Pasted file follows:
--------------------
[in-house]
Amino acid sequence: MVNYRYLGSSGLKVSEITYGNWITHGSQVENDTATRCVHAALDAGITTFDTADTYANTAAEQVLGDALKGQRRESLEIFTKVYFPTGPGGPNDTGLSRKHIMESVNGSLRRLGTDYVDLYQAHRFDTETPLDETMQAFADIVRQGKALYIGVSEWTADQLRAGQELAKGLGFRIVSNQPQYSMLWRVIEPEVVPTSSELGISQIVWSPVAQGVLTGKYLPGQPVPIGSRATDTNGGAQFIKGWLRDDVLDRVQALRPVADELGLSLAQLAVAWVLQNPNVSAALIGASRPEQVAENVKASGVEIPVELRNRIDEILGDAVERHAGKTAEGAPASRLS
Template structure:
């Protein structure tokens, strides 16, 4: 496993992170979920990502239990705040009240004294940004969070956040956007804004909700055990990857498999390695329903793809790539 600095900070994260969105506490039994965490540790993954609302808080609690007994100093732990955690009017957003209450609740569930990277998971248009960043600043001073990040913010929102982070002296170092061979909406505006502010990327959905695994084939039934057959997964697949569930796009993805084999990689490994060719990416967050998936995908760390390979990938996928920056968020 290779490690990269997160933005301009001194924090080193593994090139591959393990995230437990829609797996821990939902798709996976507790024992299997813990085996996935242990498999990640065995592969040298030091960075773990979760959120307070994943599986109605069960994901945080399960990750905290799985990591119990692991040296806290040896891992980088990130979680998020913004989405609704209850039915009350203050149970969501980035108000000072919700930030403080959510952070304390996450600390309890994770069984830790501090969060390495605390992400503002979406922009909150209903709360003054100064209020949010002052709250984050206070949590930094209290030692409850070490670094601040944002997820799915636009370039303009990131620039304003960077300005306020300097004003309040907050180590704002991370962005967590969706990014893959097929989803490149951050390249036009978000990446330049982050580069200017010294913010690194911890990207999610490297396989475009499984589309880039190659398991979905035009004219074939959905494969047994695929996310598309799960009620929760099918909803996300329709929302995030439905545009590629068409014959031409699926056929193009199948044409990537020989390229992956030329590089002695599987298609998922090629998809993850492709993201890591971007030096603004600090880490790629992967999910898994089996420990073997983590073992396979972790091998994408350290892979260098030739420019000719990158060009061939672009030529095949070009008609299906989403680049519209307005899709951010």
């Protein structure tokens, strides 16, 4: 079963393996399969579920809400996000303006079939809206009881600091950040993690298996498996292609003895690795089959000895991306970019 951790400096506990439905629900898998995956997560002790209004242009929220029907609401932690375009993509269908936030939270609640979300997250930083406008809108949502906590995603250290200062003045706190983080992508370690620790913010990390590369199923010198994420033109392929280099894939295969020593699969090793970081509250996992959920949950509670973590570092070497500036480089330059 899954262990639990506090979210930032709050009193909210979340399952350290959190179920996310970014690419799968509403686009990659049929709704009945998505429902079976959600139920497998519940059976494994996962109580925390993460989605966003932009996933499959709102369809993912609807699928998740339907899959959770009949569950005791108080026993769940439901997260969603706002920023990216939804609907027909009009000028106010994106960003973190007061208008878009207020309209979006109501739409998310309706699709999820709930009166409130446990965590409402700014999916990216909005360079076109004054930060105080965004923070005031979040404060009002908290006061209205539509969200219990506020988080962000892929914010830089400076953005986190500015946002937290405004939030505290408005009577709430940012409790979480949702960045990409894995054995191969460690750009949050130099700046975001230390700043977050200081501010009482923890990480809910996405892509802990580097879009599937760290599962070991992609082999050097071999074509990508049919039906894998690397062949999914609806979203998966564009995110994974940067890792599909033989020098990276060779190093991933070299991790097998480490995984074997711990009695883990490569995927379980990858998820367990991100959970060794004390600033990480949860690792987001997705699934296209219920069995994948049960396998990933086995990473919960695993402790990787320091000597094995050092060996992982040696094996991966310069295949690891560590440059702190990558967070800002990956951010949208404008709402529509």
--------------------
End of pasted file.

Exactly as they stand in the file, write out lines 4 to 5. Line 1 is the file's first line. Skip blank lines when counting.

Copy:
């Protein structure tokens, strides 16, 4: 496993992170979920990502239990705040009240004294940004969070956040956007804004909700055990990857498999390695329903793809790539 600095900070994260969105506490039994965490540790993954609302808080609690007994100093732990955690009017957003209450609740569930990277998971248009960043600043001073990040913010929102982070002296170092061979909406505006502010990327959905695994084939039934057959997964697949569930796009993805084999990689490994060719990416967050998936995908760390390979990938996928920056968020 290779490690990269997160933005301009001194924090080193593994090139591959393990995230437990829609797996821990939902798709996976507790024992299997813990085996996935242990498999990640065995592969040298030091960075773990979760959120307070994943599986109605069960994901945080399960990750905290799985990591119990692991040296806290040896891992980088990130979680998020913004989405609704209850039915009350203050149970969501980035108000000072919700930030403080959510952070304390996450600390309890994770069984830790501090969060390495605390992400503002979406922009909150209903709360003054100064209020949010002052709250984050206070949590930094209290030692409850070490670094601040944002997820799915636009370039303009990131620039304003960077300005306020300097004003309040907050180590704002991370962005967590969706990014893959097929989803490149951050390249036009978000990446330049982050580069200017010294913010690194911890990207999610490297396989475009499984589309880039190659398991979905035009004219074939959905494969047994695929996310598309799960009620929760099918909803996300329709929302995030439905545009590629068409014959031409699926056929193009199948044409990537020989390229992956030329590089002695599987298609998922090629998809993850492709993201890591971007030096603004600090880490790629992967999910898994089996420990073997983590073992396979972790091998994408350290892979260098030739420019000719990158060009061939672009030529095949070009008609299906989403680049519209307005899709951010």
């Protein structure tokens, strides 16, 4: 079963393996399969579920809400996000303006079939809206009881600091950040993690298996498996292609003895690795089959000895991306970019 951790400096506990439905629900898998995956997560002790209004242009929220029907609401932690375009993509269908936030939270609640979300997250930083406008809108949502906590995603250290200062003045706190983080992508370690620790913010990390590369199923010198994420033109392929280099894939295969020593699969090793970081509250996992959920949950509670973590570092070497500036480089330059 899954262990639990506090979210930032709050009193909210979340399952350290959190179920996310970014690419799968509403686009990659049929709704009945998505429902079976959600139920497998519940059976494994996962109580925390993460989605966003932009996933499959709102369809993912609807699928998740339907899959959770009949569950005791108080026993769940439901997260969603706002920023990216939804609907027909009009000028106010994106960003973190007061208008878009207020309209979006109501739409998310309706699709999820709930009166409130446990965590409402700014999916990216909005360079076109004054930060105080965004923070005031979040404060009002908290006061209205539509969200219990506020988080962000892929914010830089400076953005986190500015946002937290405004939030505290408005009577709430940012409790979480949702960045990409894995054995191969460690750009949050130099700046975001230390700043977050200081501010009482923890990480809910996405892509802990580097879009599937760290599962070991992609082999050097071999074509990508049919039906894998690397062949999914609806979203998966564009995110994974940067890792599909033989020098990276060779190093991933070299991790097998480490995984074997711990009695883990490569995927379980990858998820367990991100959970060794004390600033990480949860690792987001997705699934296209219920069995994948049960396998990933086995990473919960695993402790990787320091000597094995050092060996992982040696094996991966310069295949690891560590440059702190990558967070800002990956951010949208404008709402529509």